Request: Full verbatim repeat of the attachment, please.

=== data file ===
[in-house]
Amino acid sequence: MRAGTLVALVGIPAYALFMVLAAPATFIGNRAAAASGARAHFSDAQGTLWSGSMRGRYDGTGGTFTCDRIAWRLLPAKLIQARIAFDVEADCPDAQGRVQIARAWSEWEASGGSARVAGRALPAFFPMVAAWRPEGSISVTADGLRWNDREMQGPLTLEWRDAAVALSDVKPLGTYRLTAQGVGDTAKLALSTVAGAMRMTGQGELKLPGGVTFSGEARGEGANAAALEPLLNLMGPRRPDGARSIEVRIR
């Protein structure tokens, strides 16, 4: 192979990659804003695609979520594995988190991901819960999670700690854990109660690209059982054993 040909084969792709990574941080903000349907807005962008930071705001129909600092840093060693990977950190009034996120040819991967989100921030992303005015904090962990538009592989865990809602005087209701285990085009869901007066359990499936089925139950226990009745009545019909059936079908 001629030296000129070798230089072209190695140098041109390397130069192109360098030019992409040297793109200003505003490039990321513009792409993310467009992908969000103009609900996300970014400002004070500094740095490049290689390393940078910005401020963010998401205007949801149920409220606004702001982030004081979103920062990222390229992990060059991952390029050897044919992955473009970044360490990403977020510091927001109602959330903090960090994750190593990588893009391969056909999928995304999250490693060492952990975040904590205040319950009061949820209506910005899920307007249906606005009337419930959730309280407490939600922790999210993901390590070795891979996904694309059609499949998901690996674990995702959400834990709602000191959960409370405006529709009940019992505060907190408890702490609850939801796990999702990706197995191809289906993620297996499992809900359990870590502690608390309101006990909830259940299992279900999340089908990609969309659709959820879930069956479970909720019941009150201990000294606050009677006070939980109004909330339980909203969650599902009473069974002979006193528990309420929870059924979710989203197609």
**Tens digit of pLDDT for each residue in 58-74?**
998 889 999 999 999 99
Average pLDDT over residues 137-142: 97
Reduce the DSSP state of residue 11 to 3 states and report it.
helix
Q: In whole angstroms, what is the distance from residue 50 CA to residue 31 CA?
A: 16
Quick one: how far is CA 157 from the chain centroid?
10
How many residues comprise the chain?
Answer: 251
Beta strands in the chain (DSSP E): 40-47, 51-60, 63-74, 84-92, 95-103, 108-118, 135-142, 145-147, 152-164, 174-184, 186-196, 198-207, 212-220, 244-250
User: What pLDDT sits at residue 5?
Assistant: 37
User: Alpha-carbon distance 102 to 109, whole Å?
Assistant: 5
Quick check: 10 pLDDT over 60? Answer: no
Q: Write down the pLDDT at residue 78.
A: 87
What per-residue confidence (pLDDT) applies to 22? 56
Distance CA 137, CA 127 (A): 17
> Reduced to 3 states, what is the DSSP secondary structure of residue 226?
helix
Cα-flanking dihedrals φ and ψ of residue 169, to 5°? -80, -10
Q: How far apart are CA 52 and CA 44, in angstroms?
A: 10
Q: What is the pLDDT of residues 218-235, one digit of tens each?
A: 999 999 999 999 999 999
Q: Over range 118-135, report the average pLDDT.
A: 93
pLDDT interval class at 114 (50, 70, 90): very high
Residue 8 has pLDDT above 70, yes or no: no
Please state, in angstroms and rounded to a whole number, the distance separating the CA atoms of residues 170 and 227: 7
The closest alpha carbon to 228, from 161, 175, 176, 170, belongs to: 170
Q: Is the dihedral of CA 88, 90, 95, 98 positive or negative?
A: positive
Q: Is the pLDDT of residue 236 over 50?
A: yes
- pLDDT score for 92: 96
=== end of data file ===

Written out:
[in-house]
Amino acid sequence: MRAGTLVALVGIPAYALFMVLAAPATFIGNRAAAASGARAHFSDAQGTLWSGSMRGRYDGTGGTFTCDRIAWRLLPAKLIQARIAFDVEADCPDAQGRVQIARAWSEWEASGGSARVAGRALPAFFPMVAAWRPEGSISVTADGLRWNDREMQGPLTLEWRDAAVALSDVKPLGTYRLTAQGVGDTAKLALSTVAGAMRMTGQGELKLPGGVTFSGEARGEGANAAALEPLLNLMGPRRPDGARSIEVRIR
């Protein structure tokens, strides 16, 4: 192979990659804003695609979520594995988190991901819960999670700690854990109660690209059982054993 040909084969792709990574941080903000349907807005962008930071705001129909600092840093060693990977950190009034996120040819991967989100921030992303005015904090962990538009592989865990809602005087209701285990085009869901007066359990499936089925139950226990009745009545019909059936079908 001629030296000129070798230089072209190695140098041109390397130069192109360098030019992409040297793109200003505003490039990321513009792409993310467009992908969000103009609900996300970014400002004070500094740095490049290689390393940078910005401020963010998401205007949801149920409220606004702001982030004081979103920062990222390229992990060059991952390029050897044919992955473009970044360490990403977020510091927001109602959330903090960090994750190593990588893009391969056909999928995304999250490693060492952990975040904590205040319950009061949820209506910005899920307007249906606005009337419930959730309280407490939600922790999210993901390590070795891979996904694309059609499949998901690996674990995702959400834990709602000191959960409370405006529709009940019992505060907190408890702490609850939801796990999702990706197995191809289906993620297996499992809900359990870590502690608390309101006990909830259940299992279900999340089908990609969309659709959820879930069956479970909720019941009150201990000294606050009677006070939980109004909330339980909203969650599902009473069974002979006193528990309420929870059924979710989203197609």
**Tens digit of pLDDT for each residue in 58-74?**
998 889 999 999 999 99
Average pLDDT over residues 137-142: 97
Reduce the DSSP state of residue 11 to 3 states and report it.
helix
Q: In whole angstroms, what is the distance from residue 50 CA to residue 31 CA?
A: 16
Quick one: how far is CA 157 from the chain centroid?
10
How many residues comprise the chain?
Answer: 251
Beta strands in the chain (DSSP E): 40-47, 51-60, 63-74, 84-92, 95-103, 108-118, 135-142, 145-147, 152-164, 174-184, 186-196, 198-207, 212-220, 244-250
User: What pLDDT sits at residue 5?
Assistant: 37
User: Alpha-carbon distance 102 to 109, whole Å?
Assistant: 5
Quick check: 10 pLDDT over 60? Answer: no
Q: Write down the pLDDT at residue 78.
A: 87
What per-residue confidence (pLDDT) applies to 22? 56
Distance CA 137, CA 127 (A): 17
> Reduced to 3 states, what is the DSSP secondary structure of residue 226?
helix
Cα-flanking dihedrals φ and ψ of residue 169, to 5°? -80, -10
Q: How far apart are CA 52 and CA 44, in angstroms?
A: 10
Q: What is the pLDDT of residues 218-235, one digit of tens each?
A: 999 999 999 999 999 999
Q: Over range 118-135, report the average pLDDT.
A: 93
pLDDT interval class at 114 (50, 70, 90): very high
Residue 8 has pLDDT above 70, yes or no: no
Please state, in angstroms and rounded to a whole number, the distance separating the CA atoms of residues 170 and 227: 7
The closest alpha carbon to 228, from 161, 175, 176, 170, belongs to: 170
Q: Is the dihedral of CA 88, 90, 95, 98 positive or negative?
A: positive
Q: Is the pLDDT of residue 236 over 50?
A: yes
- pLDDT score for 92: 96